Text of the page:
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When I was younger, I remember my dad becoming frustrated when things became financially difficult, as anyone would. But what really surprised, he was worried about taking a hit on his credit score, not just because it affecting his eligibility, but his current job. Working for the defense industry requires a security clearance. One item necessary for clearance is a good credit history.
Nearly half of all employers check the credit history of both current and potential employees. I'm guessing the twisted school of thought behind that is if you can manage your money well, you will manage the company's assets well. It's also a litmus test of character and personal integrity, I'm guessing. If that is the case, I think they are only fooling themselves. Also, I think it's flat out wrong. I understand that the days of personal privacy are coming to an end, but to drag someone's financial details out in order to judge what kind of an employee they would be, is ridiculous.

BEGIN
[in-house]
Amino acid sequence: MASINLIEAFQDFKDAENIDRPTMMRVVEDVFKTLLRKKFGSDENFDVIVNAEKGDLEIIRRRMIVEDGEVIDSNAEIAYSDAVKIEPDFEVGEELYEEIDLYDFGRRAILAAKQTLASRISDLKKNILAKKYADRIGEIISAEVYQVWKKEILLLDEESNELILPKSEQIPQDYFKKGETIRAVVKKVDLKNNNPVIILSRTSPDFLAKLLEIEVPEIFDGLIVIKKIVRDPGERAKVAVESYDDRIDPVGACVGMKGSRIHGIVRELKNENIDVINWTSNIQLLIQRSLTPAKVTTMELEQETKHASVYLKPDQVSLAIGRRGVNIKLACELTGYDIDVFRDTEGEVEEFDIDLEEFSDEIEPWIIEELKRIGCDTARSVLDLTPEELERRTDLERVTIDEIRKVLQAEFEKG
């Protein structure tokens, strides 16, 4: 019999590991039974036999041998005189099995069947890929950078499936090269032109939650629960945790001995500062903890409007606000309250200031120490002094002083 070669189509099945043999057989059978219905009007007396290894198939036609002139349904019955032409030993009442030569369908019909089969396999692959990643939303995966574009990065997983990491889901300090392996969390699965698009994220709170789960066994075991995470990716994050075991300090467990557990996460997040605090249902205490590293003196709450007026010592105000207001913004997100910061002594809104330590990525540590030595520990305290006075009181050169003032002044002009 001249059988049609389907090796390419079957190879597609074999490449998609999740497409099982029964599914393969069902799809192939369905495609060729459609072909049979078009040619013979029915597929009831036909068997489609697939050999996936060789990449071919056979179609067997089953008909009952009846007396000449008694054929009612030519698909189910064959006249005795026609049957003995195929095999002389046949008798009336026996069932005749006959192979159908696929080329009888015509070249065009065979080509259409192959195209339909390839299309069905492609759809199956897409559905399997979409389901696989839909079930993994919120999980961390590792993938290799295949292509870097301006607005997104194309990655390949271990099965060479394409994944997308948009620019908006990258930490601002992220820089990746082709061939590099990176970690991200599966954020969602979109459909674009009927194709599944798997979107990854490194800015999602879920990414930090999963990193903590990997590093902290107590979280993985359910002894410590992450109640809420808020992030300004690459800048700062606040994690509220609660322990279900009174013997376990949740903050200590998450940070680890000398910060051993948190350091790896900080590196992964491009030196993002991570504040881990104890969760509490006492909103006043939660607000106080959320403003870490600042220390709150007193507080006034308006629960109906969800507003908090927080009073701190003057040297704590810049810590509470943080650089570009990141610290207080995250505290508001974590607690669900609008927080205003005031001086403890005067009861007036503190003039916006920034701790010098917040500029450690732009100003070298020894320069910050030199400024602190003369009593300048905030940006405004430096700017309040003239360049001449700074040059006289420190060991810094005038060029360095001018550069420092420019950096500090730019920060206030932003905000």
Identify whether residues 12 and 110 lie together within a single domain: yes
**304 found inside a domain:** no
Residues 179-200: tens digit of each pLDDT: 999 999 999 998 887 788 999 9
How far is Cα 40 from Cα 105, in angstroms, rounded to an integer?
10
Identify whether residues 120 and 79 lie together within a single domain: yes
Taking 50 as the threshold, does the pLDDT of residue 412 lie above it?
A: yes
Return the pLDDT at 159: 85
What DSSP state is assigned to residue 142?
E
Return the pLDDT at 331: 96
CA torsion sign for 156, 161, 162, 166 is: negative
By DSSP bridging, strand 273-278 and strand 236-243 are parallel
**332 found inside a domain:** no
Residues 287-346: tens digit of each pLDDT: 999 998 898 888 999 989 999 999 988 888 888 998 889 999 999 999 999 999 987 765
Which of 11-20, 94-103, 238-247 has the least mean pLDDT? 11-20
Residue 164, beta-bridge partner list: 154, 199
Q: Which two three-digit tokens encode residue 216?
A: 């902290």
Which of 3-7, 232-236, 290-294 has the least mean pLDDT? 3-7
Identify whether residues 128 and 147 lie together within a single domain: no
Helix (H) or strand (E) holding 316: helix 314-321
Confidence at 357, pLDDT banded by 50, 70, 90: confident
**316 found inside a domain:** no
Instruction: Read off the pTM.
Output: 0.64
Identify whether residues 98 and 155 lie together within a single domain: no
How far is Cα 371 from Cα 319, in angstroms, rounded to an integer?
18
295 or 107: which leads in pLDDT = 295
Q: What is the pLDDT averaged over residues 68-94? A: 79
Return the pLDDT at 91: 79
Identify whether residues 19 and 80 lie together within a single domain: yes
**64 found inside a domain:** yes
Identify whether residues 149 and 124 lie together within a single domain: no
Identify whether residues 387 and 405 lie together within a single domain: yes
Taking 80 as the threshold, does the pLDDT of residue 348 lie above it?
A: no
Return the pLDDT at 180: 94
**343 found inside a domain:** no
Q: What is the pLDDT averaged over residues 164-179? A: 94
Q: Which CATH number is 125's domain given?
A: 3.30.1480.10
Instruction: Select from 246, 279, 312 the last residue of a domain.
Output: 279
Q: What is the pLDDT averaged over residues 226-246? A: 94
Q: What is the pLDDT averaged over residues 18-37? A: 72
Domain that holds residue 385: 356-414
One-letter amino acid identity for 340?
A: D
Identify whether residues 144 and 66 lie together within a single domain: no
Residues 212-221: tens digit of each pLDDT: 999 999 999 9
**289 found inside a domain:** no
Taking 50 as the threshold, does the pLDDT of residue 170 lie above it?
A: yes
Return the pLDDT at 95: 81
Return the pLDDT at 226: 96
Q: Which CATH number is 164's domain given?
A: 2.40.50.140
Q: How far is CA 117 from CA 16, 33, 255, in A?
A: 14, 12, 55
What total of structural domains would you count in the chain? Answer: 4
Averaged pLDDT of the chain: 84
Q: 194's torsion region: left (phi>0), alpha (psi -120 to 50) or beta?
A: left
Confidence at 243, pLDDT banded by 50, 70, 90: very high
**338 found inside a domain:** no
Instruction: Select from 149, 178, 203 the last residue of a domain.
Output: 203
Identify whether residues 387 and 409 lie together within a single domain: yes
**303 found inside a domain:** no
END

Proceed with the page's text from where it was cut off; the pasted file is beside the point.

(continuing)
What if someone had bad credit history, but stellar employment history? What if that person's debt came from ridiculously high medical bills? Most of us know how easy it is to get buried under a mountain of medical fees. At the end of the day, I think it takes the human element out of choosing someone who will work for you, someone you'll interact with on a day to day basis. I guess it's just easier for them to use credit history as a way of gauging a person. If that's the case, they might as well check out a person's "Recently Watched" on Netflix.